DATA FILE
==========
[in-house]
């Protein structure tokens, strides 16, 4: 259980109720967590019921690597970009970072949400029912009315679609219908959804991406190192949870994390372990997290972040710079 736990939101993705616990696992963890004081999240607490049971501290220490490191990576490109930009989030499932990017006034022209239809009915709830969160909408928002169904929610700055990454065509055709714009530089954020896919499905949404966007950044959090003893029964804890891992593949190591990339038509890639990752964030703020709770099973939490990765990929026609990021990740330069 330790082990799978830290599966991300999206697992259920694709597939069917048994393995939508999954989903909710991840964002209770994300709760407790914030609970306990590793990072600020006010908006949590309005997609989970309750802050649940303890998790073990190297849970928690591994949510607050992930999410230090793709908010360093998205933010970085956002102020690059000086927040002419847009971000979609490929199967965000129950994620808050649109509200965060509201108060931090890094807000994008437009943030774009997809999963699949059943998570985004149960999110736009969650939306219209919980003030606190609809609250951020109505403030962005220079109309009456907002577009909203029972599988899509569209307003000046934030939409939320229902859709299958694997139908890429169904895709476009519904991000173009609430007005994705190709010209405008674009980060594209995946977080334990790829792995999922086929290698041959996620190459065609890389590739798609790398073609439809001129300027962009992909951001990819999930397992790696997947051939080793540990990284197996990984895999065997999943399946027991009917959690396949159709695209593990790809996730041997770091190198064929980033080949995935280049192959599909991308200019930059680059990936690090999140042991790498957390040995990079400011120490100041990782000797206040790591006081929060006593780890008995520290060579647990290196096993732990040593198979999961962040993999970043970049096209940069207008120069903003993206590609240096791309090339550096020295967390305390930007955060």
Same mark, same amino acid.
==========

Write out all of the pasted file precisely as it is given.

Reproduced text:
[in-house]
């Protein structure tokens, strides 16, 4: 259980109720967590019921690597970009970072949400029912009315679609219908959804991406190192949870994390372990997290972040710079 736990939101993705616990696992963890004081999240607490049971501290220490490191990576490109930009989030499932990017006034022209239809009915709830969160909408928002169904929610700055990454065509055709714009530089954020896919499905949404966007950044959090003893029964804890891992593949190591990339038509890639990752964030703020709770099973939490990765990929026609990021990740330069 330790082990799978830290599966991300999206697992259920694709597939069917048994393995939508999954989903909710991840964002209770994300709760407790914030609970306990590793990072600020006010908006949590309005997609989970309750802050649940303890998790073990190297849970928690591994949510607050992930999410230090793709908010360093998205933010970085956002102020690059000086927040002419847009971000979609490929199967965000129950994620808050649109509200965060509201108060931090890094807000994008437009943030774009997809999963699949059943998570985004149960999110736009969650939306219209919980003030606190609809609250951020109505403030962005220079109309009456907002577009909203029972599988899509569209307003000046934030939409939320229902859709299958694997139908890429169904895709476009519904991000173009609430007005994705190709010209405008674009980060594209995946977080334990790829792995999922086929290698041959996620190459065609890389590739798609790398073609439809001129300027962009992909951001990819999930397992790696997947051939080793540990990284197996990984895999065997999943399946027991009917959690396949159709695209593990790809996730041997770091190198064929980033080949995935280049192959599909991308200019930059680059990936690090999140042991790498957390040995990079400011120490100041990782000797206040790591006081929060006593780890008995520290060579647990290196096993732990040593198979999961962040993999970043970049096209940069207008120069903003993206590609240096791309090339550096020295967390305390930007955060």
Same mark, same amino acid.